Financial Experts Discuss the Post-Election Financial Market Scenarios
By Rich Shopes
SARASOTA (November 20, 2020) -- Financial experts participating in a webinar hosted by the University of South Florida and Sarasota-based Cumberland Advisors said the improving economy and recent good news about potential COVID-19 vaccines point to an upward trend in financial markets next year.
“I think next year will be a better year, but it’s going to be a different year,” said Eddie Sanchez, a finance instructor at USF’s Muma College of Business, director of the Bloomberg Financial Markets Lab at the USF Sarasota-Manatee campus and a longtime hedge fund portfolio manager and securities analyst. “We’re looking to have different companies emerging. Our world is changing, the United States is changing and the way you live and they way you work is changing.”
The USF Sarasota-Manatee campus hosted the 90-minute webinar, “Post-Election Financial Markets,” which was offered at no charge to the public and touched on the economy, the pandemic’s impact on equity markets and the outlook for stocks and bonds heading into 2021.
The speakers contrasted the pandemic’s drag on markets and volatility surrounding the presidential election with recent upticks in major indexes. Low-interest rates will likely continue into 2021, helping to spur housing and investor interest in stocks. However, possible tax increases could lure investors to the bond market as they point to higher yields, including in municipal bonds.
“The volatility in the bond market is significantly less,” said John Mousseau, president, chief executive officer and director of fixed income at Cumberland, noting recent trends. “We expect that to move back up again towards more normal volatility in the bond market, and that’s strictly going to be as you get this handoff basically from a government-help economy to an economy that’s going to be on its own, plus (COVID-19) vaccination.”
Other speakers from the investment firm included:
- David Kotok, the firm’s chief investment officer and co-founder
- Robert Eisenbeis, chief monetary economist
- Patricia M. Healy, senior vice president of research
- Matthew McAleer, executive vice president and director of equity strategies
- Bill Witherell, chief global economist
- Leo Chen, quantitative strategist, and director of the USF Student Managed Investment Fund
The Global Interdependence Center, a nonprofit that promotes an increase in global dialogue and free trade, sponsored the event along with USF and Cumberland. Jean Kabongo, campus dean in the Muma College of Business and a professor of strategic management and entrepreneurship at the USF Sarasota-Manatee campus, moderated the discussion and introduced the panelists. Joining him was Regional Chancellor Karen A. Holbrook.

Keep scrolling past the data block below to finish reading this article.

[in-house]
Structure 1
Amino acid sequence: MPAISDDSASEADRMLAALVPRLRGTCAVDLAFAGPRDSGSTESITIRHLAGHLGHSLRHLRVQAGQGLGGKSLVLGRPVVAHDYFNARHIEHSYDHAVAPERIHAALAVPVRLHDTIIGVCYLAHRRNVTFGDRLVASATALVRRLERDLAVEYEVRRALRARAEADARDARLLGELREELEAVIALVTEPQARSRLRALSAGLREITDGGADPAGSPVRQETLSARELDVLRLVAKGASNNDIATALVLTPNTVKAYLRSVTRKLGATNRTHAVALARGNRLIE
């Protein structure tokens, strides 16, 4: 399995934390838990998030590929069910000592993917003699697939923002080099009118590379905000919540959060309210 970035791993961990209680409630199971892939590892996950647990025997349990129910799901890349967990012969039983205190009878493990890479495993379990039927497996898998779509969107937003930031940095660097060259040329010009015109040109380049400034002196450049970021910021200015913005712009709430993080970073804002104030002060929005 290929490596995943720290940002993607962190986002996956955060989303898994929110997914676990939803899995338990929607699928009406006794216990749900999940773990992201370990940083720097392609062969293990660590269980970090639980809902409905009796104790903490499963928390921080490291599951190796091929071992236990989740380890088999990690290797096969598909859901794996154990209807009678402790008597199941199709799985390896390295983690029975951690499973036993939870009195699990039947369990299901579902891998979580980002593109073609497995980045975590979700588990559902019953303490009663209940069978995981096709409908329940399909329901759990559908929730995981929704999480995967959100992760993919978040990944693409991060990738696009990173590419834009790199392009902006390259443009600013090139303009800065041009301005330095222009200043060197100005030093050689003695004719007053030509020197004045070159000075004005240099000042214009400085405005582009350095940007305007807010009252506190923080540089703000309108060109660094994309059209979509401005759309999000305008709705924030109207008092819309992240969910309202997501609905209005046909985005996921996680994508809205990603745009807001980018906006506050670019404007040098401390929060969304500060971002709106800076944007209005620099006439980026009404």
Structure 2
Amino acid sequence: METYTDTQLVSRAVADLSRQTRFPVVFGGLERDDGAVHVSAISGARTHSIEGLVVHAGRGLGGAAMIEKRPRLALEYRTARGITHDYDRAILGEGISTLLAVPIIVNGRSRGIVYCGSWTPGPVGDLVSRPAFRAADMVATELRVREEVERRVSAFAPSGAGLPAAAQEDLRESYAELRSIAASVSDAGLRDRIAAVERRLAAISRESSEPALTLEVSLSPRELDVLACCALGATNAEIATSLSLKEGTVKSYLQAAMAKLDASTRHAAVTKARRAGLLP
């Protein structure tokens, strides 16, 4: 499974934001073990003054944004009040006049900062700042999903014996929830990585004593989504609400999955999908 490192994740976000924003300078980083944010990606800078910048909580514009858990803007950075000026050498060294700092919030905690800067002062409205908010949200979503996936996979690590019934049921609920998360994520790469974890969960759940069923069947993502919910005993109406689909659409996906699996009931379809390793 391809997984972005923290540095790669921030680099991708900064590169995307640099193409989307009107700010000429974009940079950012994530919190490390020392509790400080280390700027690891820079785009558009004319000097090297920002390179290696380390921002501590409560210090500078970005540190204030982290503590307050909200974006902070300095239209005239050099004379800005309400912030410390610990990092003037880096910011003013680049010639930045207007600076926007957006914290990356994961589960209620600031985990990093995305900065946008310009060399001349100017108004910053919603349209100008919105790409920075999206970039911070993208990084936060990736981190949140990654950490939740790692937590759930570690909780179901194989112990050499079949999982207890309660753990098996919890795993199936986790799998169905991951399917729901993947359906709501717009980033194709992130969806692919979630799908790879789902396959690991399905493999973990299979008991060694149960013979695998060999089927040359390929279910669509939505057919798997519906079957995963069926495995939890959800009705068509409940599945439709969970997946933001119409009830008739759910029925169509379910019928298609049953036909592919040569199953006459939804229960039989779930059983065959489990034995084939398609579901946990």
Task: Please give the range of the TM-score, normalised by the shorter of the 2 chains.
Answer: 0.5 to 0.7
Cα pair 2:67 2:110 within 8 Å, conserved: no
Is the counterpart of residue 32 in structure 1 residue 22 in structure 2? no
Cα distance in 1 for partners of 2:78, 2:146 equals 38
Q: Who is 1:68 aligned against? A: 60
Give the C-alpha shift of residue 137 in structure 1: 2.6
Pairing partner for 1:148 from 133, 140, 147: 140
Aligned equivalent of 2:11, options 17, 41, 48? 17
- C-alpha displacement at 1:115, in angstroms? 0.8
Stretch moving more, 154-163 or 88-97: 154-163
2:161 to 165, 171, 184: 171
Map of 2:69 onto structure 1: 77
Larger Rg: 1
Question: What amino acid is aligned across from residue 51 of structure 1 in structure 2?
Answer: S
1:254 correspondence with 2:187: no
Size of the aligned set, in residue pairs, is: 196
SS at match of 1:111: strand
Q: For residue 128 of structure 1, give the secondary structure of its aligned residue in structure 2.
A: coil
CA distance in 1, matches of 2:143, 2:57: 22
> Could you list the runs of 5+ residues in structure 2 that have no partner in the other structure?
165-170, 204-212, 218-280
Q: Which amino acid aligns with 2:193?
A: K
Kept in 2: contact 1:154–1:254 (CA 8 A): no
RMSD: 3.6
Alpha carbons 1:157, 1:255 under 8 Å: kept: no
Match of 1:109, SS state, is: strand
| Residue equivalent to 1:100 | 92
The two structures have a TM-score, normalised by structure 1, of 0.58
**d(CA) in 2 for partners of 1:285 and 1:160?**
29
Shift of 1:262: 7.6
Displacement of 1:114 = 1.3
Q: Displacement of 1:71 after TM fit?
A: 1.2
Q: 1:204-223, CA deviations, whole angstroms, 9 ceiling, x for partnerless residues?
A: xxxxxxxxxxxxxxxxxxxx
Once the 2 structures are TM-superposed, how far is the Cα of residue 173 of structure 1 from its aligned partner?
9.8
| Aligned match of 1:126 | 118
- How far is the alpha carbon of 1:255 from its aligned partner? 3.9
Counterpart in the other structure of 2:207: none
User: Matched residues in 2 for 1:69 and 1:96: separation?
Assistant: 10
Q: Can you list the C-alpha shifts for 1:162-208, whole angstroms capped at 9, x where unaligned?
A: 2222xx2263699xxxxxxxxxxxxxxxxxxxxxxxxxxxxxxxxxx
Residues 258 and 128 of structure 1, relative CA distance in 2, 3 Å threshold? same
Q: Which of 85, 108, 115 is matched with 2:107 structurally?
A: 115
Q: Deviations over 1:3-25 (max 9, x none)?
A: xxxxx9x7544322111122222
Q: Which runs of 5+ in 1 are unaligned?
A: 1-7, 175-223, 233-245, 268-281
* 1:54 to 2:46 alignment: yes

Generally, the panelists sounded optimistic looking ahead to 2021. They acknowledged that some trends remain difficult to pinpoint, including the degree to which technology impacts stay-at-home workers once pandemic restrictions are lifted and whether small-cap stocks continue to attract investors away from large-cap growth stocks.
“Take a look at the past four weeks,” McAleer said. “You can really start to see what’s been taking over in the near term. Look at the bottom. What’s the weakest performing equity asset class over the last four weeks? Large-cap growth, money rotating out of large-cap growth and into some of those previously under-performing small cap sectors. The question is whether this rotation is going to be longer lived.”
Also unknown, the speakers said, is the degree to which the federal government will increase taxes next year, whether another government stimulus package will be approved and if runoff elections in Georgia in January swing the Senate majority to Democrat or Republican – all of which offer potential to profoundly affect financial markets.
What is known, they said, is that the economic recovery will take several years to achieve, that America and the world will be changed by that recovery and that technology and innovation will play a key role in the economy and stock market for years to come.
“We went down 30 percent and we are coming up the other side of the V, but when we get back to the top of the V, our economic framework will not have recovered to where we started,” Kotok said. “That may take several years. Financial markets are looking ahead, not at the present. They’re looking for that recovery. And it’s the drive of that recovery and how it evolves, plus how it interfaces with the rest of the world, that will impact the U.S. financial markets, stock markets and bond markets, and our relationships worldwide.”